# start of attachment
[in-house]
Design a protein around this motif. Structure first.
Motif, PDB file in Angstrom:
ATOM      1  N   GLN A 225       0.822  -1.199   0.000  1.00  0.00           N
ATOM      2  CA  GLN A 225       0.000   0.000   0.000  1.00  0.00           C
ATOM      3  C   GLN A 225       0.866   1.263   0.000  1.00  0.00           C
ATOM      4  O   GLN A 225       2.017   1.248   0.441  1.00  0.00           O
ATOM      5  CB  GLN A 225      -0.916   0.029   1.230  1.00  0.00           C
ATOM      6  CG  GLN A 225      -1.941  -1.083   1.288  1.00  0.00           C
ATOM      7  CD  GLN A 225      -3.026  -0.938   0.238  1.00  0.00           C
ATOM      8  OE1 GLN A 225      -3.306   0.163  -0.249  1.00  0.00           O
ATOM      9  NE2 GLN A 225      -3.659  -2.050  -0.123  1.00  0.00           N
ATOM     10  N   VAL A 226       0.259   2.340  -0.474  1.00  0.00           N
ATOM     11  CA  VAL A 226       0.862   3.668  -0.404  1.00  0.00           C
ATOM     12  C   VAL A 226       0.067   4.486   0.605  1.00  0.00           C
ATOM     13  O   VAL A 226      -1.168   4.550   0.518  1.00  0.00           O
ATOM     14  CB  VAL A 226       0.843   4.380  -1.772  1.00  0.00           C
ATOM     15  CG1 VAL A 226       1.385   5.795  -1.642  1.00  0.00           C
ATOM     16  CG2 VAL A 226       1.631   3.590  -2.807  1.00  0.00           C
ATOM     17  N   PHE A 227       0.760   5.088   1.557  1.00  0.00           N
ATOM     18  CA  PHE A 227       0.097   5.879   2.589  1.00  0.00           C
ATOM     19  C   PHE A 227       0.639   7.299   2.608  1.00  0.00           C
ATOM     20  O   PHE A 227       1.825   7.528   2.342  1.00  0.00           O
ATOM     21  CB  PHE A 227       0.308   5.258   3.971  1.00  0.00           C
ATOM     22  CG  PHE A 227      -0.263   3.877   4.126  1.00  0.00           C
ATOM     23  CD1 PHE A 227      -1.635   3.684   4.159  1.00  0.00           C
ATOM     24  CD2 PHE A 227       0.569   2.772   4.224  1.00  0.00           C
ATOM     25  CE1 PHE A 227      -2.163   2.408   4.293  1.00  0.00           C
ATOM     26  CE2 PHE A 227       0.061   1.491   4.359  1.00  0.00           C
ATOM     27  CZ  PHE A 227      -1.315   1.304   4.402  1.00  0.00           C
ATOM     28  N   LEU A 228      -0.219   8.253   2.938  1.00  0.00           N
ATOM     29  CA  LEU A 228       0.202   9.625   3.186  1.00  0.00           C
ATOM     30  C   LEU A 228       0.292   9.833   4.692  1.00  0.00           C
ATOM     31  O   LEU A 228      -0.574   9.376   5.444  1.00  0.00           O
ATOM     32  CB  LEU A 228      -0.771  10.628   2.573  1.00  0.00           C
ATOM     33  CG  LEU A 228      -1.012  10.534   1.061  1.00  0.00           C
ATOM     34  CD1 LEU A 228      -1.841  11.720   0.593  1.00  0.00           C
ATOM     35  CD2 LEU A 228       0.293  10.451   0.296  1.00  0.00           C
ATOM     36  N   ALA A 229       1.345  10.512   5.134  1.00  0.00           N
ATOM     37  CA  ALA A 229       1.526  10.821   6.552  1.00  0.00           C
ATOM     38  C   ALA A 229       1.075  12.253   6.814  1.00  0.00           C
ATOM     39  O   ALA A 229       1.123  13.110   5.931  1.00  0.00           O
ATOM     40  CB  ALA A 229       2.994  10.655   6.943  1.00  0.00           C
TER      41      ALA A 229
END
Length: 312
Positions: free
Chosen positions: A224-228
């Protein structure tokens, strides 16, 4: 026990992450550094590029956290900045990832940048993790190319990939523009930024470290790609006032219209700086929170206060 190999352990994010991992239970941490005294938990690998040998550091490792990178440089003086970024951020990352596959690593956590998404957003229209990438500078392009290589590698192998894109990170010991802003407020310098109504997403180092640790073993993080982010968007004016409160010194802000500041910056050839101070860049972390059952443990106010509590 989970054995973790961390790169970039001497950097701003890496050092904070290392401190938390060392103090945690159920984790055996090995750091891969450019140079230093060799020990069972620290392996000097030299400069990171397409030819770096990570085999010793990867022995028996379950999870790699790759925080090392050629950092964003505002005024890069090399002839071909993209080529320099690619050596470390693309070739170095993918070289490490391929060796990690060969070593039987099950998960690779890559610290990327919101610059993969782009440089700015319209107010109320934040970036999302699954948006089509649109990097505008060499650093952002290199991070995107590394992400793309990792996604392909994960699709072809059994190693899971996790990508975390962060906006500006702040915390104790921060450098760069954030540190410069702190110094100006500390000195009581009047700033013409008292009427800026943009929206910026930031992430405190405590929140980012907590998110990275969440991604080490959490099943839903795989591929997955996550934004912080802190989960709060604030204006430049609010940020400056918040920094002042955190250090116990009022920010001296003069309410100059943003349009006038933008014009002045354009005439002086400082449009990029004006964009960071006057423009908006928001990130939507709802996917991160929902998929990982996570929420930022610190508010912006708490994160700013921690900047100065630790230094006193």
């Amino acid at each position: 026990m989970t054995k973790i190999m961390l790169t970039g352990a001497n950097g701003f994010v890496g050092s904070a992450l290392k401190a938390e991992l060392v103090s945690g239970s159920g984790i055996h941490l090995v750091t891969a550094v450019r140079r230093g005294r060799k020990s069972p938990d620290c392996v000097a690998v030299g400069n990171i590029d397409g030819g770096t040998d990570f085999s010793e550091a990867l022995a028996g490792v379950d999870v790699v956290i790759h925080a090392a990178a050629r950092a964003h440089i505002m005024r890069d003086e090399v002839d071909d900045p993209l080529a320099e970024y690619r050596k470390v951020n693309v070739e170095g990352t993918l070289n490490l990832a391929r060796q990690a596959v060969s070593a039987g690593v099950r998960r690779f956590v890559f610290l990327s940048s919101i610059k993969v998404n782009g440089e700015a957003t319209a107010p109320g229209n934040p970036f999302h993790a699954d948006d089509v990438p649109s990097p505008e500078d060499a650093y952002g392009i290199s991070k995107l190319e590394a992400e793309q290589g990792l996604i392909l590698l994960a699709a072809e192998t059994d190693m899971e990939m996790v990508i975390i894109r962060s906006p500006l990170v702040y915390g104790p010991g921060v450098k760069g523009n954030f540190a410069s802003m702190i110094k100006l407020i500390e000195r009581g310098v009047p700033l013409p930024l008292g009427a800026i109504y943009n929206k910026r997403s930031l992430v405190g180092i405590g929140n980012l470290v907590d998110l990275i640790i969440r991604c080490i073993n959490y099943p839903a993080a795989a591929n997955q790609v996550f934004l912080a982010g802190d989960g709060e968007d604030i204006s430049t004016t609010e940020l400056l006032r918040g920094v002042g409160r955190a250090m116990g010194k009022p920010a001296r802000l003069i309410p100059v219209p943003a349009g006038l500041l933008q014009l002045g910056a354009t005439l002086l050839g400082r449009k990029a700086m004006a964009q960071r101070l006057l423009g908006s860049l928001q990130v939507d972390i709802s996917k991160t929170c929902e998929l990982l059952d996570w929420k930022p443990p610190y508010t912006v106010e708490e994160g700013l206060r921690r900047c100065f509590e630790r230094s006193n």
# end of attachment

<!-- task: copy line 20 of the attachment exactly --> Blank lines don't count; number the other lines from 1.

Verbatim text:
ATOM     17  N   PHE A 227       0.760   5.088   1.557  1.00  0.00           N